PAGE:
Daphne Blake and Fred Jones are characters that many Scooby-Doo fans have written off as posh, privileged teens, especially in the classic series. Funnily enough, in Velma, they become the most interesting members of the cast. Daphne is a wickedly intelligent and funny member of the popular crowd searching for her parents – although her mother (Jane Lynch and Wanda Sykes) seems to know more than they let on. Constance Wu is so hilarious as the gorgeous girl with the fiery hair, she would have made a leading woman in the lead instead of Velma.

Glenn Howerton delivers the best portrayal of Fred, never before seen in the Scooby animated world. At the same time, he was selfish, a tad, and very stupid, delivering some of the funniest lines in the entire show. There’s a psychopathic bent that always seemed to be maturing beneath the surface in every version of Fred, and Howerton ups these personality traits in ways that lead to side splits – including Fred going to jail.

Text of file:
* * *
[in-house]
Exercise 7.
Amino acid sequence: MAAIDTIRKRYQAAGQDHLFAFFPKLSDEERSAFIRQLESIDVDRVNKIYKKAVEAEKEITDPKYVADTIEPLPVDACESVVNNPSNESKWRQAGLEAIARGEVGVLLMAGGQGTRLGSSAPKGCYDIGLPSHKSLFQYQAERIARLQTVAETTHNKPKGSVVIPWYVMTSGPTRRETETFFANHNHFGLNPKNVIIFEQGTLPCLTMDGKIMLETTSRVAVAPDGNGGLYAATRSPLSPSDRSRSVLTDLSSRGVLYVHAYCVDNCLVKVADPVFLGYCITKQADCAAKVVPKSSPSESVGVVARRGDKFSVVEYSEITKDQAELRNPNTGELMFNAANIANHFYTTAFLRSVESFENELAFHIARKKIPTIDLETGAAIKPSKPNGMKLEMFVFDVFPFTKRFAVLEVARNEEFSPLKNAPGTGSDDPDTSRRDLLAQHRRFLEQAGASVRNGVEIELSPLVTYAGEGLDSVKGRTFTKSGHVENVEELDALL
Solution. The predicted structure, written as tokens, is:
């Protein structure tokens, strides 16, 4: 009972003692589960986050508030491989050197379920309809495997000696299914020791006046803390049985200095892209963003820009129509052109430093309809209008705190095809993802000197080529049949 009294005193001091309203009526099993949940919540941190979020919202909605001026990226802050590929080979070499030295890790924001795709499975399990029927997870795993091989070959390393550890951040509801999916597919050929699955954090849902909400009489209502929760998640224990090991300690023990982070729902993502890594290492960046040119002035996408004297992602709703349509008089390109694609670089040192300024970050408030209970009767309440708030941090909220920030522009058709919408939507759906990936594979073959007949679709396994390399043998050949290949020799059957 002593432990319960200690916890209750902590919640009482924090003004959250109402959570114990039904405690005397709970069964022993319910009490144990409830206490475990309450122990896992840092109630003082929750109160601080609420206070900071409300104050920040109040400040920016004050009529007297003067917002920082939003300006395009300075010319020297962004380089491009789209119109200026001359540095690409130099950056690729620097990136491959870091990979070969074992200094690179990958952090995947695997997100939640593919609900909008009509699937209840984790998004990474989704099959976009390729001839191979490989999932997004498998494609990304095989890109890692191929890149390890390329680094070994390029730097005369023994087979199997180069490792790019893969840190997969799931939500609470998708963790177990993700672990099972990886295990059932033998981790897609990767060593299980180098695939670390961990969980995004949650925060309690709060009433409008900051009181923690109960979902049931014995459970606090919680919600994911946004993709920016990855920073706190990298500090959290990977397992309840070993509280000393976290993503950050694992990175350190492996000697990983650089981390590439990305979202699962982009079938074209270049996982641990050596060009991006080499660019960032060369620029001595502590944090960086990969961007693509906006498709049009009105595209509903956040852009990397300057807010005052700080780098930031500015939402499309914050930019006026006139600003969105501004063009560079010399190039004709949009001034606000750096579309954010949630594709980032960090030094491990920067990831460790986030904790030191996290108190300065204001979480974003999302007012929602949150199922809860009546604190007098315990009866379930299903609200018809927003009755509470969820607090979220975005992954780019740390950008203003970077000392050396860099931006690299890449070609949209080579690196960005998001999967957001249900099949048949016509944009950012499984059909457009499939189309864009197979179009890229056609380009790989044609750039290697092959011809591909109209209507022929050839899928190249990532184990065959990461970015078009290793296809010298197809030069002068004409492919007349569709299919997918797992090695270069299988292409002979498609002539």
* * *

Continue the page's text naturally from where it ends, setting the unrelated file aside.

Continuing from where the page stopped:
For those hoping that Velma would be given personal space to explore her sexuality given her recent unequivocal portrayal as a gay woman, the series gets this mostly right. It wasn’t immediately apparent from the early promotional clips, given Velma’s initial crush on Fred. Velma and Daphne ponder the implications of their relationship beyond friendship and admit that there is much more to it than that. But that confession comes with nothing more than a “blink of an eye and you’ll miss it moment” in one episode.

This prequel gives Velma and Daphne’s relationship a chance to blossom, even if it’s not perfect.

While the girls’ romance has become a major component of the series as it continues, Velma and Daphne’s relationship gets less development than that of Harley Quinn and Poison Ivy before they became the couple in the Harley Quinn animated series. At the very least, this prequel gives Velma and Daphne’s relationship a chance to blossom, even if it’s not perfect.